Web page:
Some spots caused by aging and sun exposure are benign, while others need medical attention. Learn the difference.
If you've recently spent any time in the sun, you may have noticed that you have a few more spots—brown or tan or white—on the exposed parts of your body. Even if you always use sun protection now, you can still develop skin changes caused by sun exposure decades ago. The good news is that most of these will not be cancerous. However, distinguishing benign spots from those that warrant medical attention can be somewhat tricky. Though the following are caused by sun exposure, they won't progress to cancer.
If you've had freckles since you were a kid, you no doubt know how they behave—darkening in the sun and heat and fading in the winter. Freckles themselves are not a cause for worry, but they signal an increased risk of developing skin cancer.
This condition, marked by irregular dark patches, is more common in women and may appear in one's 20s and 30s. The patches are often triggered by excessive sun exposure and intensified by changes in hormone levels associated with contraceptives, pregnancy, or postmenopausal hormone therapy. Low levels of thyroid hormone may also contribute. Melasma can affect people with all skin types and become darker with sun exposure. It may disappear during menopause as estrogen and progesterone levels decline.
These are commonly called "age spots" or "liver spots." They are irregular in shape, larger than freckles, and vary from tan to very dark brown. They occur in sun-exposed skin. Some are direct consequences of severe sunburns. They are common in people of all skin types.
4. Seborrheic keratoses
These are usually round, dark, and raised. They are often described as appearing to be stuck on, like a piece of gum. If you're unsure whether you have a seborrheic keratosis or a melanoma, see a dermatologist.
5. "White spots"
The medical term for these small smooth spots is idiopathic guttate hypo-melanoses. Women are more likely than men to have this condition and usually develop it after age 40, usually on areas of the body exposed to the sun.
What should you do about them?
There is no medical reason to treat any of the above, but scores of over-the-counter products are promoted for reducing the appearance of dark spots or improving skin tone. This is a buyer-beware situation, because these products are cosmetics rather than prescription drugs, their manufacturers don't have to demonstrate their effectiveness.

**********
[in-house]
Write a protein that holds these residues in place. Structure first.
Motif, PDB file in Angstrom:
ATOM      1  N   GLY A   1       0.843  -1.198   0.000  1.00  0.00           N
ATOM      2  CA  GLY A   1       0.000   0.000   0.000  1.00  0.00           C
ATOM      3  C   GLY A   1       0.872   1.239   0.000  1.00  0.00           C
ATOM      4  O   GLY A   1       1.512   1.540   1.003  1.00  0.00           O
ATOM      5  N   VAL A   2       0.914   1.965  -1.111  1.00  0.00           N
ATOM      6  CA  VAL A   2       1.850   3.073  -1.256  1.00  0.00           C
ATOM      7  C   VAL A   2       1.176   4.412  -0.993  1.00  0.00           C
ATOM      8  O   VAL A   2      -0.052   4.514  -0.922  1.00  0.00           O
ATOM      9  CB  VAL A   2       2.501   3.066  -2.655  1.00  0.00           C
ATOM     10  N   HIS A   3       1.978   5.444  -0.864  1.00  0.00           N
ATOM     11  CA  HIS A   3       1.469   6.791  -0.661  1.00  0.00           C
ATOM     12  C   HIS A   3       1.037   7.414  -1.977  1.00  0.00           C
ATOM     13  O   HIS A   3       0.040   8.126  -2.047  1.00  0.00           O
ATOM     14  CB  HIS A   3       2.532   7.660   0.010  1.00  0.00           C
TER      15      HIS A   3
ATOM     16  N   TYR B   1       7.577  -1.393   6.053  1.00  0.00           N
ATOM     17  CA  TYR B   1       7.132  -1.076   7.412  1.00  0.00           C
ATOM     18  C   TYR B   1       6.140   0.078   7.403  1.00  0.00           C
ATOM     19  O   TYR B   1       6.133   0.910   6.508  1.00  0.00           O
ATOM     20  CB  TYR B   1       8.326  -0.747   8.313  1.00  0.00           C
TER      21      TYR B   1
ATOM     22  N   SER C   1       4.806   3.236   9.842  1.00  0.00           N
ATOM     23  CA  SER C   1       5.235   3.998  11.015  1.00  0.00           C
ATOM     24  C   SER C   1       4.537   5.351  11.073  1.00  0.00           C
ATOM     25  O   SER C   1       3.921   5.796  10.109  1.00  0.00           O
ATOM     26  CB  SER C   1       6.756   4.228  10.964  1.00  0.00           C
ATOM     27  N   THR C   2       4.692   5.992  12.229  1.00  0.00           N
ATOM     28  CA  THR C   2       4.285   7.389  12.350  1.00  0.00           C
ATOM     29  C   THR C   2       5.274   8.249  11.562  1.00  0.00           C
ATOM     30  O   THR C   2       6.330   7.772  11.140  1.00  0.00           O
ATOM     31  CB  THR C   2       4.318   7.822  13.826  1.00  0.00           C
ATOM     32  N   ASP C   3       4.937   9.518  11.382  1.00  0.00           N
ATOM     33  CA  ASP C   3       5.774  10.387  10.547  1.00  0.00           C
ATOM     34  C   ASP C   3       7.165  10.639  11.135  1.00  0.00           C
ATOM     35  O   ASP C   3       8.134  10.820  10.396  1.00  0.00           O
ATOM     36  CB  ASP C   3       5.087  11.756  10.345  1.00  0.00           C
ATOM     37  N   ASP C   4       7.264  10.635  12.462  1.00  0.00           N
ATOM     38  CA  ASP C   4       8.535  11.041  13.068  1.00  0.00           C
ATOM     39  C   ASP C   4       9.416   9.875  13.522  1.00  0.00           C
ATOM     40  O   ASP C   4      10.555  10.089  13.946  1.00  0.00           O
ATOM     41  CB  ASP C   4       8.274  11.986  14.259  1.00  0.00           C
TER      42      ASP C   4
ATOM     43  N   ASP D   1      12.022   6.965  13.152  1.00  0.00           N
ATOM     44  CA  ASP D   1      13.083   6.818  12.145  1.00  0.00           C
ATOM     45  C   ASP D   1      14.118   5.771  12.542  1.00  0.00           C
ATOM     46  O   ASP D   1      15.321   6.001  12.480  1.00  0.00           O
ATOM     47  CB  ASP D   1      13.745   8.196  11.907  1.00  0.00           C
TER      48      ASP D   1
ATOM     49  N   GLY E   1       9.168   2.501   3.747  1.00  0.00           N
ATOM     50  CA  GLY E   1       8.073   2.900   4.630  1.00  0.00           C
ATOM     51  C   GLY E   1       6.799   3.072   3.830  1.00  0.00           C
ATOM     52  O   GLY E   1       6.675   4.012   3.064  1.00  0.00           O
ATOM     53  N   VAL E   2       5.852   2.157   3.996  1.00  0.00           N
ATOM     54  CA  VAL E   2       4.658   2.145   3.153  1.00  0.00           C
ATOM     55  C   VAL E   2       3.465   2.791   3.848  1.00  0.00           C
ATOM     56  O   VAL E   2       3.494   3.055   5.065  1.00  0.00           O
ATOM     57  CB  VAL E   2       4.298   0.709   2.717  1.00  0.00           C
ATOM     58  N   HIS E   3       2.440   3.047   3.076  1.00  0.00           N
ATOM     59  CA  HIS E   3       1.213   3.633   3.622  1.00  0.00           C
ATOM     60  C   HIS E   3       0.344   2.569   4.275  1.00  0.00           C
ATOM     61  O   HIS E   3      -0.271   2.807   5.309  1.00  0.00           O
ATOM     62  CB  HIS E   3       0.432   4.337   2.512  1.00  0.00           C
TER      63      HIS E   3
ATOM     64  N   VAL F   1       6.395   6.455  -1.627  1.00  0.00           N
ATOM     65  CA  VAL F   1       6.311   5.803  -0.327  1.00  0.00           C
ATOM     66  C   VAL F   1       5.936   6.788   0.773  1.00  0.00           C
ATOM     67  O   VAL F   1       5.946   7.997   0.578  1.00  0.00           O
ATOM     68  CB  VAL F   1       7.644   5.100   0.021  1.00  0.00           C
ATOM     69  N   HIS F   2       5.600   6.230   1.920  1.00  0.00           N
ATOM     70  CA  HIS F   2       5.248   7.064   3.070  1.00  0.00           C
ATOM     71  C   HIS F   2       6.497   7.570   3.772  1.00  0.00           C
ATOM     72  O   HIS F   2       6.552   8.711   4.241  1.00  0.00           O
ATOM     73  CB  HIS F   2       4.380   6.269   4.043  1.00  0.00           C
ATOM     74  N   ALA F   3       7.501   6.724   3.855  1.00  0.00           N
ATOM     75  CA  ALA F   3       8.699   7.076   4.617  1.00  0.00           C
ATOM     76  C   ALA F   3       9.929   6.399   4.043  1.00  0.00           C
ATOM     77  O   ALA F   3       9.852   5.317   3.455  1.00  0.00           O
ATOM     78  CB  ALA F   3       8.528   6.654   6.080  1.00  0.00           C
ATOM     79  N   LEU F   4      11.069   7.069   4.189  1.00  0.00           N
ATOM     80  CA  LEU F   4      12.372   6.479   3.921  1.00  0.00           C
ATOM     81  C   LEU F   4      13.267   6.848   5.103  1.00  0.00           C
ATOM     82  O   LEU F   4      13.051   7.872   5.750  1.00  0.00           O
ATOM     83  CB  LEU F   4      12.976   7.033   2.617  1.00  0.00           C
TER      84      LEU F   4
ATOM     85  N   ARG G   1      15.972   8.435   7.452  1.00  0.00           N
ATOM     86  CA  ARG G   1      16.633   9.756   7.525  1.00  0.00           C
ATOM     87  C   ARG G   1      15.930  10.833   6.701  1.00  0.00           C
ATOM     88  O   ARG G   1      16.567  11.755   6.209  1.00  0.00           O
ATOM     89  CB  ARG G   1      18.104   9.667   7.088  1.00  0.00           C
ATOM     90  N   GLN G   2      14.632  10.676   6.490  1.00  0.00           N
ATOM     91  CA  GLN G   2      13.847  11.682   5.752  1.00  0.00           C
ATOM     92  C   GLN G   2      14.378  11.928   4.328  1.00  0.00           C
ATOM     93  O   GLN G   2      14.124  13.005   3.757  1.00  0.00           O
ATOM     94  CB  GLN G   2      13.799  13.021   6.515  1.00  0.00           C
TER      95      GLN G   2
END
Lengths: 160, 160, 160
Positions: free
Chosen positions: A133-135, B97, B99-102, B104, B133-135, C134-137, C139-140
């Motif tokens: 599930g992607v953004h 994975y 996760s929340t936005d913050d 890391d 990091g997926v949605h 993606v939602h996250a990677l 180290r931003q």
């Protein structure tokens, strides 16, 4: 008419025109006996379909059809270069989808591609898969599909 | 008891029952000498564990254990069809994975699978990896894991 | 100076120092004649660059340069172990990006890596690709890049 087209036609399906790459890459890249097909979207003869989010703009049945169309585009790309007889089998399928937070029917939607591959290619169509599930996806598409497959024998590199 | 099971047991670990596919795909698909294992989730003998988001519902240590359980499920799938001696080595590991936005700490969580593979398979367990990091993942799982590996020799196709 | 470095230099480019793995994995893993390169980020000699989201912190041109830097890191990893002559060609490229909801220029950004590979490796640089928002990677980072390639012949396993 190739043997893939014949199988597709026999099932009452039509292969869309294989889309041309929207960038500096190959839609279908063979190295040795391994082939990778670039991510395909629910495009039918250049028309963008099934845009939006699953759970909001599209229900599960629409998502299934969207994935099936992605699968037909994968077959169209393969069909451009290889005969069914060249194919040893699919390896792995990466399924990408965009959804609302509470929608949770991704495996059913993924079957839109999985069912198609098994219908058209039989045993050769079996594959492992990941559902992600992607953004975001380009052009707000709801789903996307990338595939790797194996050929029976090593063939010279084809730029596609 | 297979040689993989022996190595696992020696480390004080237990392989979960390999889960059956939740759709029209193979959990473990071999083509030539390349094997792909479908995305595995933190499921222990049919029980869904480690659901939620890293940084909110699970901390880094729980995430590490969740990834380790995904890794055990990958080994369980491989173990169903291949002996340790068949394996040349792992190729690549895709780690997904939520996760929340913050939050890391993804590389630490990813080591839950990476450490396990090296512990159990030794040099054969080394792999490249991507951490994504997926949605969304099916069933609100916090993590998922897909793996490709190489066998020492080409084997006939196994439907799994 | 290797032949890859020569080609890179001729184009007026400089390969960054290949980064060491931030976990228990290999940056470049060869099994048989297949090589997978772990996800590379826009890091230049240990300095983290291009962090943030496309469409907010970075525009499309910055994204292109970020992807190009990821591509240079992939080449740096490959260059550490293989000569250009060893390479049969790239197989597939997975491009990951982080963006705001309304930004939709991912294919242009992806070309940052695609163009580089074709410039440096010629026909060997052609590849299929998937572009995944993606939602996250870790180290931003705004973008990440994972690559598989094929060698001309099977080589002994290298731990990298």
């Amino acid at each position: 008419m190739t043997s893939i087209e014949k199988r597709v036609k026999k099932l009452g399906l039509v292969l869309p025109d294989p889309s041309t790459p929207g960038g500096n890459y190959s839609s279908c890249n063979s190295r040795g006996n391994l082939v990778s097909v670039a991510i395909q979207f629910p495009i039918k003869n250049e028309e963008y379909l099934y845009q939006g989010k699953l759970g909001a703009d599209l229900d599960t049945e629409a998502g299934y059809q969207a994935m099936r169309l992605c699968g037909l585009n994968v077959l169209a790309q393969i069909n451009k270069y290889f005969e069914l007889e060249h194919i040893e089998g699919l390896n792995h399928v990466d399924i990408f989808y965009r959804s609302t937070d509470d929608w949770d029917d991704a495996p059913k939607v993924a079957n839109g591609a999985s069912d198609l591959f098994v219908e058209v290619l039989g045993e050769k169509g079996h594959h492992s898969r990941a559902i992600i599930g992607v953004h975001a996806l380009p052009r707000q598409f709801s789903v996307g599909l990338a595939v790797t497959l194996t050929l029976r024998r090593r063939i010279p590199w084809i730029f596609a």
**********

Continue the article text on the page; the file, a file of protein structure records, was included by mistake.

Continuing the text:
However, dermatologists have several proven techniques for treating dark and light skin patches, including chemical peels and prescription ointments containing hydroquinone or retinoic acid. Laser therapy can be effective for dark spots. All of these treatments are considered cosmetic, so your insurance won't pay for them.
When to see a dermatologist
Check your skin regularly for moles that are new, growing, changing, or irregular in shape and color. They could be a sign of melanoma, the deadliest skin cancer, and should be checked by a dermatologist as soon as possible. If melanoma runs in your family or if you have more than 40 moles, have used tanning beds, or have had several sunburns, you're at increased risk and should have your skin checked regularly by a dermatologist.
Solar, or actinic, keratoses also warrant a trip to the dermatologist because they can progress to a form of cancer called squamous cell carcinoma. They are red, pink, tan, or clear bumps that often feel rough or scaly. They may also appear as sandpapery patches that are hard to distinguish from the surrounding skin, except by touch. Although not quite as deadly as melanoma, squamous cell skin cancer can grow deep into surrounding tissue and can occasionally spread to other parts of the body.
You should see a dermatologist if you find any new growths or skin changes that last for more than a couple of weeks. The American Academy of Dermatology's website has tools to help you spot suspicious growths. Go to www.aad.org and click "Spot skin cancer."
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